I have a good friend who almost divorced many years ago. I just texted him this morning and asked him why he was considering divorce at that time. He replied: “Because my wife and I were not communicating and I felt she didn’t appreciate me. We were fighting a lot because I was not giving her enough attention.” Notice how he admitted his honest hurt and also he acknowledged his own fault. He credits me with helping to save his marriage. The only thing I remember saying to him is something like—he asked me, “What does the Bible say about divorce?” and I said something like, “Let me show you Jesus’ words. Jesus was strongly against divorce.”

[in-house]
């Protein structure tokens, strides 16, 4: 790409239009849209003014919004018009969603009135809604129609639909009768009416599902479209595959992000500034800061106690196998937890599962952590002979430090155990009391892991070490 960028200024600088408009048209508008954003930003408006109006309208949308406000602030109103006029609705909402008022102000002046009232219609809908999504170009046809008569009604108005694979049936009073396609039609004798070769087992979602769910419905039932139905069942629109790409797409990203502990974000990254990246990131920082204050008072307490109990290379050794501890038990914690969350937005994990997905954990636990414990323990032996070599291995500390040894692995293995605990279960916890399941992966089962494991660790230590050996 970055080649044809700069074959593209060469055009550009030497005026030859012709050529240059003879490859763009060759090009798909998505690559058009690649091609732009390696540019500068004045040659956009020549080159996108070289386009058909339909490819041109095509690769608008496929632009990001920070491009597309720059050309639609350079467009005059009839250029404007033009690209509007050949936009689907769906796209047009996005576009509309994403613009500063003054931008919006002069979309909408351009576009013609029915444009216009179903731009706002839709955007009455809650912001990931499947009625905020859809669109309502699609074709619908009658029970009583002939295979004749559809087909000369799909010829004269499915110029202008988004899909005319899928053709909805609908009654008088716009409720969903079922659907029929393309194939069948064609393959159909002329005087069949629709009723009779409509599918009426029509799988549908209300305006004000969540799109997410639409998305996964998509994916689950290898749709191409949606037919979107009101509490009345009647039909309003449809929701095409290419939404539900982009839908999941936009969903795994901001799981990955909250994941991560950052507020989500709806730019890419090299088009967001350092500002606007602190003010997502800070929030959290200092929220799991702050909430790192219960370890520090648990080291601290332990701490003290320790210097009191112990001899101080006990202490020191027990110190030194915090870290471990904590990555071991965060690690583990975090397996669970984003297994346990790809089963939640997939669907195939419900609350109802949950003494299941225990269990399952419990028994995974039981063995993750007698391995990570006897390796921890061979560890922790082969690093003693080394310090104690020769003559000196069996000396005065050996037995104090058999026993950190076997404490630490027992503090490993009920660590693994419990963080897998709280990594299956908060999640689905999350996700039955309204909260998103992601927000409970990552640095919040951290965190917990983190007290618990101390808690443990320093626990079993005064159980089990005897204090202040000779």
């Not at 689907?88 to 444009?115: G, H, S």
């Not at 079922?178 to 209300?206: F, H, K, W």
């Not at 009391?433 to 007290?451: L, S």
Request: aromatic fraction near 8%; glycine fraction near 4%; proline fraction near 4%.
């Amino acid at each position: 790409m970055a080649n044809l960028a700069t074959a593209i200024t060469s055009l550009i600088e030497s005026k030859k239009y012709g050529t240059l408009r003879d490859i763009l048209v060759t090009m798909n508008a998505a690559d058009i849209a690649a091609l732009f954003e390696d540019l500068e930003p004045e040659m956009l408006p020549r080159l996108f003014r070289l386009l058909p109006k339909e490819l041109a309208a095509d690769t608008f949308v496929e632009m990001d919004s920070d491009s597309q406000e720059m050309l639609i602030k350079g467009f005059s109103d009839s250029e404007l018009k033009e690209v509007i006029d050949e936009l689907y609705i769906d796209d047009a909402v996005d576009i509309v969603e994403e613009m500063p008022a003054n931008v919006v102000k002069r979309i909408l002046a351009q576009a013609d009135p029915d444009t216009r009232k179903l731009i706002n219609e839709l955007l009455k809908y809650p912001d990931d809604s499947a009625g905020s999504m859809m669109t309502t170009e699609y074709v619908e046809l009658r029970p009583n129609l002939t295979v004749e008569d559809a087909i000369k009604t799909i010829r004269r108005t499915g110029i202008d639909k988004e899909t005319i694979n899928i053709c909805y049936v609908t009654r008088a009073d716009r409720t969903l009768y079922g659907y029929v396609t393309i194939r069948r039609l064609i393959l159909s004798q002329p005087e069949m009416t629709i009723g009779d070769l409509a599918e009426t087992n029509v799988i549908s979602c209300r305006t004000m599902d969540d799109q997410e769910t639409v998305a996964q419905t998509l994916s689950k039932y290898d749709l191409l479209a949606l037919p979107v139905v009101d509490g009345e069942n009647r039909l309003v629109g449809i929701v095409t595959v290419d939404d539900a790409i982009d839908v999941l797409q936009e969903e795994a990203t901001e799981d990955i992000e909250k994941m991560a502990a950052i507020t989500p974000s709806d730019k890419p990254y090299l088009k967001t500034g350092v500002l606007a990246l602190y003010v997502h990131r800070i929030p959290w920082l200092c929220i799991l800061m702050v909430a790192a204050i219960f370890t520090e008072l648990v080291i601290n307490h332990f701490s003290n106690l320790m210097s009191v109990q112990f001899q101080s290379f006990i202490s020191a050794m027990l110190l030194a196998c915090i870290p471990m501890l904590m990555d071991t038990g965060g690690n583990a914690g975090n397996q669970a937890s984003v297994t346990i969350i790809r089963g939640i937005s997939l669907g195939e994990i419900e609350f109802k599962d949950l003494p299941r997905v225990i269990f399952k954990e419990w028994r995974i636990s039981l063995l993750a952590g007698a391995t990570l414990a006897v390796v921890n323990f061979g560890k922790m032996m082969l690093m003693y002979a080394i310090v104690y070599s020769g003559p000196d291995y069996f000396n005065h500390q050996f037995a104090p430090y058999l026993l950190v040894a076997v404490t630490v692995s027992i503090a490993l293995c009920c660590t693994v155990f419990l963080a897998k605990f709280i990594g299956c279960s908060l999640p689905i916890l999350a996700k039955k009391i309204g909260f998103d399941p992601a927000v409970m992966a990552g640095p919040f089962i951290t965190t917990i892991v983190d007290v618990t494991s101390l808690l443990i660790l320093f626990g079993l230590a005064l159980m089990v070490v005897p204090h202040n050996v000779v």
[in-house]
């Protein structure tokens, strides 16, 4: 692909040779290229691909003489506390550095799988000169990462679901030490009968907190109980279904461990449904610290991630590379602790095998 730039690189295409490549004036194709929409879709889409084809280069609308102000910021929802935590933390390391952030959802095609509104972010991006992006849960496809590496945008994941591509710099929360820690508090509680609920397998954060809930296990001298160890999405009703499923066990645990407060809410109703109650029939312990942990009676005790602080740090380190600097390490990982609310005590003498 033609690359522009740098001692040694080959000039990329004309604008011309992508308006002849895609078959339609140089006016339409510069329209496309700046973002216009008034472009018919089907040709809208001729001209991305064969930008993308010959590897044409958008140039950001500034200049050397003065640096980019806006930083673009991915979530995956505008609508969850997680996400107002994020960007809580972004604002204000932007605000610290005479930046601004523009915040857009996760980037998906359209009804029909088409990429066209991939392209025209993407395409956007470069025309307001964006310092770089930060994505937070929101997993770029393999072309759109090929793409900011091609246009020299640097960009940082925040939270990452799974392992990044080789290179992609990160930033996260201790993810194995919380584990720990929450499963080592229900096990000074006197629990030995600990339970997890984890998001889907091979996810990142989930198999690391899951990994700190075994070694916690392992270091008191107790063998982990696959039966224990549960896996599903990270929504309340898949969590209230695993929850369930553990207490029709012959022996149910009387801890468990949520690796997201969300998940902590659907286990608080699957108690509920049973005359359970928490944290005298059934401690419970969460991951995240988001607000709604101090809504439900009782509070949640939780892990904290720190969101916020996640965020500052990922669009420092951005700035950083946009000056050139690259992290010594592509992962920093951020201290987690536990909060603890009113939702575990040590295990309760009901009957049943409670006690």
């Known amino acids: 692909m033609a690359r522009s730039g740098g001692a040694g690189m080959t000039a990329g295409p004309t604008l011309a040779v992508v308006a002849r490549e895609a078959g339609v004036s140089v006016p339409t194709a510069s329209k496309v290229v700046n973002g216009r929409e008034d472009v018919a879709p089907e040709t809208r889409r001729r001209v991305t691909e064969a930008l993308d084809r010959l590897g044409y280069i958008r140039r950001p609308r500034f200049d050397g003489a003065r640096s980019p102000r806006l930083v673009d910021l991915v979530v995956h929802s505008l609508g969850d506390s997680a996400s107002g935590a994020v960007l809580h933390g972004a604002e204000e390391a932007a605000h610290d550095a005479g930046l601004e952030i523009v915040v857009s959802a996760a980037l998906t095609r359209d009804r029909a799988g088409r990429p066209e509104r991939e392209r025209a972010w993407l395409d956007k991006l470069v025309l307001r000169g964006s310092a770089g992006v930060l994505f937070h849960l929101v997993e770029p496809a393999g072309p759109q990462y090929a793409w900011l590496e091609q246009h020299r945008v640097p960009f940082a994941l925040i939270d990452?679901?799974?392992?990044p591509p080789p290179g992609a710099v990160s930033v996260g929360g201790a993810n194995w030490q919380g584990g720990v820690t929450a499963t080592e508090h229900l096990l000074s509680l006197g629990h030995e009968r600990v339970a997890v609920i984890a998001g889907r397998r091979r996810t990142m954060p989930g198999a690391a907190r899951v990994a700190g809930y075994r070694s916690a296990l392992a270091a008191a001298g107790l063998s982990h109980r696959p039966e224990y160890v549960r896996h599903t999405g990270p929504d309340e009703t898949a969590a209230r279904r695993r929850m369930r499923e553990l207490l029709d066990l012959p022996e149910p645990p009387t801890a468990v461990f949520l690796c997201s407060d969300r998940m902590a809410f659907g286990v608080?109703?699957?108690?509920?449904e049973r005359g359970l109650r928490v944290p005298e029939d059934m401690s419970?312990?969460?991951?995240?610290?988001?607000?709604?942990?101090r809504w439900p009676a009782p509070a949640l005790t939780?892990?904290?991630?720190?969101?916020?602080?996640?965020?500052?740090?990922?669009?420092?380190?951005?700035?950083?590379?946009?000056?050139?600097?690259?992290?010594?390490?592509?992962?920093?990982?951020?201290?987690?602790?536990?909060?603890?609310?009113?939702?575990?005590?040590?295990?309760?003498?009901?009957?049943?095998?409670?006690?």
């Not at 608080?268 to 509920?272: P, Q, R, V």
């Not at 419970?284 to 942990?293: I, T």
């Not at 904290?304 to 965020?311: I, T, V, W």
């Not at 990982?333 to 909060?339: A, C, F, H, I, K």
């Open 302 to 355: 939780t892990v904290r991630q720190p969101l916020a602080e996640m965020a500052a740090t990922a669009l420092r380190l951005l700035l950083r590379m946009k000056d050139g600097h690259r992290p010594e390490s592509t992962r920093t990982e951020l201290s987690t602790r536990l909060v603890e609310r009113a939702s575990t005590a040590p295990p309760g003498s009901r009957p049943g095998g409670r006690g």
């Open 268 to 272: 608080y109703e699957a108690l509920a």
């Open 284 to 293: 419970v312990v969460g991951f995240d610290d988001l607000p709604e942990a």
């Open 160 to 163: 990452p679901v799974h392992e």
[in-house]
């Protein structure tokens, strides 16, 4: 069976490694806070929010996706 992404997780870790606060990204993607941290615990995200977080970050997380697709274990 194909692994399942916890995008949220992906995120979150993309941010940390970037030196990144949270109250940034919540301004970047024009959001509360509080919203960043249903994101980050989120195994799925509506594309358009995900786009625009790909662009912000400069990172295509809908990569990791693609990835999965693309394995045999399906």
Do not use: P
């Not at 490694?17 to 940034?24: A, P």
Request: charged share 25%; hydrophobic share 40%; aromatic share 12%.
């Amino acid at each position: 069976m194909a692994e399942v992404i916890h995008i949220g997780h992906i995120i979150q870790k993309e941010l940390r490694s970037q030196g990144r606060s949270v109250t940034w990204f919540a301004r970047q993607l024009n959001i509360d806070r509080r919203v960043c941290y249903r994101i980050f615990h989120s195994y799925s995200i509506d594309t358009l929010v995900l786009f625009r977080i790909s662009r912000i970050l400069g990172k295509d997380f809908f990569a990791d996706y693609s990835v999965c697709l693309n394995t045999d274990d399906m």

We must receive the kingdom of God like a little child to enter it. We must come to Jesus, just as we are, for his blessing.  We must simply accept God’s message and messenger, Jesus, rather than justifying our sins through complicated excuses. God blesses marriages entrusted to him. Jesus blesses all who come to him humbly like a child for his blessing. May God give us blessed marriages. May God give us humble and trusting hearts to receive the kingdom of God like little children.